A user’s guide to the state’s regional stay-at-home order

Diners along India Street in Little Italy on Friday, December 4.
After the state’s new stay-at-home order goes into effect, diners, like these seen along India Street in Little Italy on Friday, December 4, will be relegated to take-out.
(Sandy Huffaker/The San Diego Union-Tribune)

Not long after the county had adjusted to the restrictions required under the purple tier, the state unveiled a new regional stay-at-home order, this one mandating more closures when intensive care capacity drops below 15 percent.

Gov. Gavin Newsom announced the new order on Thursday, characterizing it as a necessary sacrifice to slow the spread of the novel coronavirus, which has infiltrated counties quickly and widely during the holiday season. Without immediate action, he said, local hospital systems may not be able to cope with a coming surge in cases and hospitalizations stemming from the Thanksgiving holiday.

In San Diego County, the numbers continue to shatter records with officials reporting 2,039 new COVID-19 cases on Friday. That surpasses the last daily record of 1,859 reported the day after Thanksgiving.

What will change under regional stay-at-home orders

The number of concurrent hospitalizations also increased from 753 on Wednesday to 791 on Thursday, and officials reported seven more residents lost to the coronavirus, bringing our region’s death toll to 1,047. Community-setting outbreaks have also skyrocketed — over the last week, the county has investigated 93.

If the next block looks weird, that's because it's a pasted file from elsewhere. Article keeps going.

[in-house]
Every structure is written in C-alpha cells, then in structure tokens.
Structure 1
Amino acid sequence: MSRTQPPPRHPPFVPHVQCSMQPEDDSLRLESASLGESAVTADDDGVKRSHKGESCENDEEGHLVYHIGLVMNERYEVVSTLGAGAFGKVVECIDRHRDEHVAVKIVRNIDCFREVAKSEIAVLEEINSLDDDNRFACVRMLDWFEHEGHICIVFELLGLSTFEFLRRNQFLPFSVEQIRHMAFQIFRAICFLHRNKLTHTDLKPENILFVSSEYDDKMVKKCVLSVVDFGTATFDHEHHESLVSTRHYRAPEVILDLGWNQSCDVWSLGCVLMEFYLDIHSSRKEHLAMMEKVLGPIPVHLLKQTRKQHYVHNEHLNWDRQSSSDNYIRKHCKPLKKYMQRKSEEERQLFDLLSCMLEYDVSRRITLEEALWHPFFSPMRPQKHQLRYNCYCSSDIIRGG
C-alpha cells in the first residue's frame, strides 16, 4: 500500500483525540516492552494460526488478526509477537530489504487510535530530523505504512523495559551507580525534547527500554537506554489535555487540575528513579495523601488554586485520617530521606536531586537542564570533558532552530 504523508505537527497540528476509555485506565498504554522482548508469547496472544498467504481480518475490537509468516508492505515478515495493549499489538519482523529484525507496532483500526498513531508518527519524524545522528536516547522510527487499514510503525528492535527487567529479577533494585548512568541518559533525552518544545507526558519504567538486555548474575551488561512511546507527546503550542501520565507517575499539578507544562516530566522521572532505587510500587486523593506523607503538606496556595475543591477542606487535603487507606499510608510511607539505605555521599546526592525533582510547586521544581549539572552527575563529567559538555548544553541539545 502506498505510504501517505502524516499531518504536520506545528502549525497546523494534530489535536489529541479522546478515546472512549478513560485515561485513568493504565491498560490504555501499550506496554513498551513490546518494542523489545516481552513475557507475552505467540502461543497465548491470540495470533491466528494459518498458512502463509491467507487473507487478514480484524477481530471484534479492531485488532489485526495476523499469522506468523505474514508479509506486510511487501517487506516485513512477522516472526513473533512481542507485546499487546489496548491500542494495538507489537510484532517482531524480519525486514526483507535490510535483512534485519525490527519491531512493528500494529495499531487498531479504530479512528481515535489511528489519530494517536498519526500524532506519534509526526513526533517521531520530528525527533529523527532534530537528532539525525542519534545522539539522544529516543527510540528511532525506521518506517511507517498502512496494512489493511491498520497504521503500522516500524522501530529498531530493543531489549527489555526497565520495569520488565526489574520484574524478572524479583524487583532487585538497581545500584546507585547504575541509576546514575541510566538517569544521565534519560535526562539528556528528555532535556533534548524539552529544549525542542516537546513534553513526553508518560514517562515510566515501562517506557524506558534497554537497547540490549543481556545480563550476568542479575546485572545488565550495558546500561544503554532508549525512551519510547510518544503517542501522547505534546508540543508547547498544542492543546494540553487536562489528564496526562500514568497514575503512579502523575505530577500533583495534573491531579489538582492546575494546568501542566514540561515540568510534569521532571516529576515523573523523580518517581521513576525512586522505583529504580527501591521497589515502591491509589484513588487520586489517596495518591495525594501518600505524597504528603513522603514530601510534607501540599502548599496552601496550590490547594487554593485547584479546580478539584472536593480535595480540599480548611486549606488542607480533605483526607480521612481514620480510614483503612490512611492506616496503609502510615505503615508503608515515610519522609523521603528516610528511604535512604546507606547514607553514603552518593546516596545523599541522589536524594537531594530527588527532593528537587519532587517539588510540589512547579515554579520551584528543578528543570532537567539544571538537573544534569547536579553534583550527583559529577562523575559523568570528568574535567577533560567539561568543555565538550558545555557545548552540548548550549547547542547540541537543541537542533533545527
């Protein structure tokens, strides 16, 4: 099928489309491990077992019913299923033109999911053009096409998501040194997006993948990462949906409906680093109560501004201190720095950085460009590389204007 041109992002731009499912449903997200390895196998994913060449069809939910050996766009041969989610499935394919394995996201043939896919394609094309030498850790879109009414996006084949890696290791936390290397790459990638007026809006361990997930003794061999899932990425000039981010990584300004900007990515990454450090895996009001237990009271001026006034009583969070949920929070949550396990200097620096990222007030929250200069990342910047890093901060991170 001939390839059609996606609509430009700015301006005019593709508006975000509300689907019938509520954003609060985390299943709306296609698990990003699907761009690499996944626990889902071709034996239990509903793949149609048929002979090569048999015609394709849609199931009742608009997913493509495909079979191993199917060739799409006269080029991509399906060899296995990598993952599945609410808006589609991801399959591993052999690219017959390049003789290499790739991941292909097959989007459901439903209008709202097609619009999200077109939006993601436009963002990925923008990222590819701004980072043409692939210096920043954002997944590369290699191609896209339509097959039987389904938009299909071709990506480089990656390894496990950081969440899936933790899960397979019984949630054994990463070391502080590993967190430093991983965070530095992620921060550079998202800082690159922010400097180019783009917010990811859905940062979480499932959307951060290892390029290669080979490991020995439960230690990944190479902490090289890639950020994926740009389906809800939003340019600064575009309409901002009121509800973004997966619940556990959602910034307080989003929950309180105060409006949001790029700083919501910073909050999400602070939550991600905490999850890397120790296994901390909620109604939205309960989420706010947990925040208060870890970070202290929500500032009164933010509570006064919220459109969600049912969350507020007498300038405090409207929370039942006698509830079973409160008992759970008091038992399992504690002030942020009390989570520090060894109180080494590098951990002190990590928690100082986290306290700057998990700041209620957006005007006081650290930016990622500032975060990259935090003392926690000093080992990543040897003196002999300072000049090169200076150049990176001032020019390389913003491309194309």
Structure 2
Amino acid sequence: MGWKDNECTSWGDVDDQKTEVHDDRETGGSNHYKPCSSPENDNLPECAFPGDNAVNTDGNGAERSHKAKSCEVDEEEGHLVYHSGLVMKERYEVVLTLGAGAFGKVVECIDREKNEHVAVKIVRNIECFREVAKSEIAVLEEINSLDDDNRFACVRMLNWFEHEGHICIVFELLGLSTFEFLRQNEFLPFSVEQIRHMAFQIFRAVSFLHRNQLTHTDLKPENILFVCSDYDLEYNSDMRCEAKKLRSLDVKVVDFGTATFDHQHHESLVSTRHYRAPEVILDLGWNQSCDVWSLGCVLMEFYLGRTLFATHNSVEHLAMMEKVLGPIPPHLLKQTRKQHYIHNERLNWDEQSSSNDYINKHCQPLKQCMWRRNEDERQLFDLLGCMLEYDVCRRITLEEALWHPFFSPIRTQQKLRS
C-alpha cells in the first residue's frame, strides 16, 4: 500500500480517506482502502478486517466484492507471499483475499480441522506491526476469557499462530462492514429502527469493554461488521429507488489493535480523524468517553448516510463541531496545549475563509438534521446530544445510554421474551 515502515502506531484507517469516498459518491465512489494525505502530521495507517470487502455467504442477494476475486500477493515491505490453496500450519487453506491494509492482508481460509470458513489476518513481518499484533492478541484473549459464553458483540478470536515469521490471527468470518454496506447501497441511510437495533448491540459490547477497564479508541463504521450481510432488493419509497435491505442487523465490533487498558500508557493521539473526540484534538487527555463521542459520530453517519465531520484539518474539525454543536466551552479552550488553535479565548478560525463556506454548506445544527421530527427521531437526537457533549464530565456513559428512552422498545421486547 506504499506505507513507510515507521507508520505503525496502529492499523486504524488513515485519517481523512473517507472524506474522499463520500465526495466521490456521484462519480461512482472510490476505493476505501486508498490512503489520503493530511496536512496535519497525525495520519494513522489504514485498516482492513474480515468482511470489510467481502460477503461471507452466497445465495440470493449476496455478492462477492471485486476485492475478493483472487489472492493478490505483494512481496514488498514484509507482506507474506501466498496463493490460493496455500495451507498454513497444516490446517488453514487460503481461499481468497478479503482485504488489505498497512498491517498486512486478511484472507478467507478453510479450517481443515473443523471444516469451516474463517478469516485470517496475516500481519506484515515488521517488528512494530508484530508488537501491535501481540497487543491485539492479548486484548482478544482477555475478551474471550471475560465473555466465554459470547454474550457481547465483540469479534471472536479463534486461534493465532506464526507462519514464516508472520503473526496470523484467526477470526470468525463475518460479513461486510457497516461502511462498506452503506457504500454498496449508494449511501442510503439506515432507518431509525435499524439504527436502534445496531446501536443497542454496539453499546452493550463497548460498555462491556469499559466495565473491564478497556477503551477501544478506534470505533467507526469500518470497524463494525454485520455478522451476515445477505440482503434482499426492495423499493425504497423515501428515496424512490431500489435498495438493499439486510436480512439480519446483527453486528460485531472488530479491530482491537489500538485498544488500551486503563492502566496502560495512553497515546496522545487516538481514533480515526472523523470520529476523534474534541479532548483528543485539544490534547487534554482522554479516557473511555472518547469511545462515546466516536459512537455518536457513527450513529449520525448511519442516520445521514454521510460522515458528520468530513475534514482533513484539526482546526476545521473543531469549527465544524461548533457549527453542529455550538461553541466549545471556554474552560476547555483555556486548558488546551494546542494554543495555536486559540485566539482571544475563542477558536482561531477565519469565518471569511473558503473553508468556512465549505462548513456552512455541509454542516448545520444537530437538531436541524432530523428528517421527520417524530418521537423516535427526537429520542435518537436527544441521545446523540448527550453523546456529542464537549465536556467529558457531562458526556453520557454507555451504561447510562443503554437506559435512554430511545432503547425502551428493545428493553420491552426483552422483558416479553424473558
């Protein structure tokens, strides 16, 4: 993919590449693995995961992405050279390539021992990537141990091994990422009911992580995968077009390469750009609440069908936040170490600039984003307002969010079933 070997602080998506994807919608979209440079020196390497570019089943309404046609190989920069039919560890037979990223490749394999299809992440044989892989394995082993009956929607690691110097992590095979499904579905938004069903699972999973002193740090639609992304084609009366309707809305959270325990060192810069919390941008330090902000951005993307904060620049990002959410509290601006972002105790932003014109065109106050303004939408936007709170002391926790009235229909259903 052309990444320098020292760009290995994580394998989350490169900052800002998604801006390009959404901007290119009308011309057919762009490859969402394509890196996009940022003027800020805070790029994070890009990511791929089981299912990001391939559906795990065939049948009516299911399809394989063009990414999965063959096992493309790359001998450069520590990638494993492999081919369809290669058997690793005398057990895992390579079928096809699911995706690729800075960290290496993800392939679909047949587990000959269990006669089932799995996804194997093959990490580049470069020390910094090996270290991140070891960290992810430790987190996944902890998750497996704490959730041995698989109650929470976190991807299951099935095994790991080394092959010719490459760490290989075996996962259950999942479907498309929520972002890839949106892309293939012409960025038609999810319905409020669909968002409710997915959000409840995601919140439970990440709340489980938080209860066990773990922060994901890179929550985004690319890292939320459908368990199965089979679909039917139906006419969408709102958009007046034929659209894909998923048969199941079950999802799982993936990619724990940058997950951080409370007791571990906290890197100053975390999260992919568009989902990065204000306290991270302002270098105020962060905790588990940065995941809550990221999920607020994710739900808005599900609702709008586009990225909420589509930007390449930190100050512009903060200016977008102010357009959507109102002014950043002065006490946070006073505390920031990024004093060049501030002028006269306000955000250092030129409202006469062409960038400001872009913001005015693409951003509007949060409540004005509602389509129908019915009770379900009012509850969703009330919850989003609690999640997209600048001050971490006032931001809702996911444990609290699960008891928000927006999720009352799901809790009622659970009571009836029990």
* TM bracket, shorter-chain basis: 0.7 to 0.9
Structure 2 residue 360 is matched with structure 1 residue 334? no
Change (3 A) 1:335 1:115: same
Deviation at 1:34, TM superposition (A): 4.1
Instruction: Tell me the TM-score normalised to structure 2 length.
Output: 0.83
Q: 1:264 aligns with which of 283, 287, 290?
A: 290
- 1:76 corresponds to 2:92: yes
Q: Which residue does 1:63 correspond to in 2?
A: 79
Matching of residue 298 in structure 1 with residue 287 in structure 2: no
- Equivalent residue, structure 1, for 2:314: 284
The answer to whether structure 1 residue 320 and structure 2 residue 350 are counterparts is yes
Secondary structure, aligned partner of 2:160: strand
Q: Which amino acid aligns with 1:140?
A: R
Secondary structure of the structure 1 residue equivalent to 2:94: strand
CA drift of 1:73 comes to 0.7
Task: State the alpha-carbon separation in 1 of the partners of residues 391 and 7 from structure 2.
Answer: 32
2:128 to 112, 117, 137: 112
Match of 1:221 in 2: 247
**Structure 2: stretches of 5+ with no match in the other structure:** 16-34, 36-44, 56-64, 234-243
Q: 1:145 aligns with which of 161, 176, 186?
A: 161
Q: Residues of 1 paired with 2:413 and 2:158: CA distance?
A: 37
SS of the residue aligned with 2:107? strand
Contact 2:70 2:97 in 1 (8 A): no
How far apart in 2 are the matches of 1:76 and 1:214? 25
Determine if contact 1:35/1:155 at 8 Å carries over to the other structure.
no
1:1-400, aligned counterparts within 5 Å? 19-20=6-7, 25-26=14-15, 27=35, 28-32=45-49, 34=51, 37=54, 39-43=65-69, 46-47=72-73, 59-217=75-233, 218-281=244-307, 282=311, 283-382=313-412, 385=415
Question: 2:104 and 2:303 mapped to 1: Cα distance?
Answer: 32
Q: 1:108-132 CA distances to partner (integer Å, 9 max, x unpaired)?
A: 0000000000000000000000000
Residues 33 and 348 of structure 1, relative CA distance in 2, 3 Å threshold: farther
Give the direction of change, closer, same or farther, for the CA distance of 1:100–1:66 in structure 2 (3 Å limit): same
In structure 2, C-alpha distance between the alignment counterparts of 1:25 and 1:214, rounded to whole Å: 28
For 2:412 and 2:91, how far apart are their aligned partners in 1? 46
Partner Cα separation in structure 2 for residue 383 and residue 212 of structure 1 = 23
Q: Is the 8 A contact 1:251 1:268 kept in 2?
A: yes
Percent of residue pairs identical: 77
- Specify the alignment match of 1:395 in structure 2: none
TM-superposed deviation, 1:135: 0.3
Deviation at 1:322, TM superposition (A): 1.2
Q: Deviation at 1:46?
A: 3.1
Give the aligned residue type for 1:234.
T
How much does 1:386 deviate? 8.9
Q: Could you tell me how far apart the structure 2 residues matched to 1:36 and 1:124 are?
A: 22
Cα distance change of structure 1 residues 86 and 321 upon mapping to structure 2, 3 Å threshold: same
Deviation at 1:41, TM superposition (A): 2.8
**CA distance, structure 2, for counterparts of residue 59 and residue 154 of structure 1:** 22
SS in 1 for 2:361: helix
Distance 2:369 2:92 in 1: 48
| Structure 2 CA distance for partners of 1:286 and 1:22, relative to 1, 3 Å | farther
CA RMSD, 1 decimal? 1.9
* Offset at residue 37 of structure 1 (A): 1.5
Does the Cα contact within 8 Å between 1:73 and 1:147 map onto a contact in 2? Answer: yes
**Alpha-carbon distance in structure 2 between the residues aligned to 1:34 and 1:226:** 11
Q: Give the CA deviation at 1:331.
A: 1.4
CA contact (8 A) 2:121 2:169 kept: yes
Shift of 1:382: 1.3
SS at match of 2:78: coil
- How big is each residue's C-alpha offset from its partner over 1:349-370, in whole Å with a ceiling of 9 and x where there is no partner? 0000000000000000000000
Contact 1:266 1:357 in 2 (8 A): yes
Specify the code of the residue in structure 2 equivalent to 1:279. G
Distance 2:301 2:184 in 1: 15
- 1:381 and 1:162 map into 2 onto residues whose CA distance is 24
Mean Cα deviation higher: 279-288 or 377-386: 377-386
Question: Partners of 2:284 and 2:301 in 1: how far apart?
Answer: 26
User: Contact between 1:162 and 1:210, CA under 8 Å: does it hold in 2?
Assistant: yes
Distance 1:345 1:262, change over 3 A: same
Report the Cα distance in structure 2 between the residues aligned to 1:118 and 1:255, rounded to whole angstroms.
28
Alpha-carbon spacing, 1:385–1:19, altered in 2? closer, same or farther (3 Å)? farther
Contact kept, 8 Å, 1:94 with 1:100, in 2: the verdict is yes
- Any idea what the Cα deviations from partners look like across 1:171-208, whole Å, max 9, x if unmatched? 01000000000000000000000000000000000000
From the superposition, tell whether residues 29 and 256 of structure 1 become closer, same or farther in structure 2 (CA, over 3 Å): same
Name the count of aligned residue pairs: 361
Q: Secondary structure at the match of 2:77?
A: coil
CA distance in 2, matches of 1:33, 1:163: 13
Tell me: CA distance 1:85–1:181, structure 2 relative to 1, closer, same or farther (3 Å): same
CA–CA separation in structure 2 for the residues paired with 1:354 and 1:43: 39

While the latest order is very similar to the sweeping stay-at-home order put in place in March, there are some notable differences.

First, the latest order doesn’t go into effect all at once across the state. Rather, regions made up of individual counties will go into lockdown when their collective intensive care capacity falls below 15 percent.

San Diego County falls in an irregularly shaped version of Southern California. Our sister counties are Imperial, Los Angeles, Orange, Riverside, San Bernardino, San Diego, San Luis Obispo, Santa Barbara and Ventura, as well as Inyo and Mono.

Currently, our region is sitting at a 20.6 percent ICU capacity, but state officials estimate we’ll fall below 15 percent sometime in early December.

When that happens, the county will have 24 hours to impose the latest set of restrictions — restrictions that would have to stay in place for at least 3 weeks, regardless of our ICU capacity.

Counties can move back to their place within the colored tier system when the state’s internal projections find the situation is not likely to worsen in the next month.

Here’s everything you need to know about the new order.

When does the stay-at-home order go into effect?

The order itself goes into effect on Saturday at 1 p.m., but restrictions won’t be applied in San Diego County until the collective ICU capacity of the Southern California region falls below 15 percent.

State officials said they would update each region’s ICU capacity on its website daily.

What closes once we cross the ICU threshold?

The following sectors must close:

  • Indoor and outdoor playgrounds
  • Indoor recreational facilities
  • Hair salons and barbershops
  • Personal care services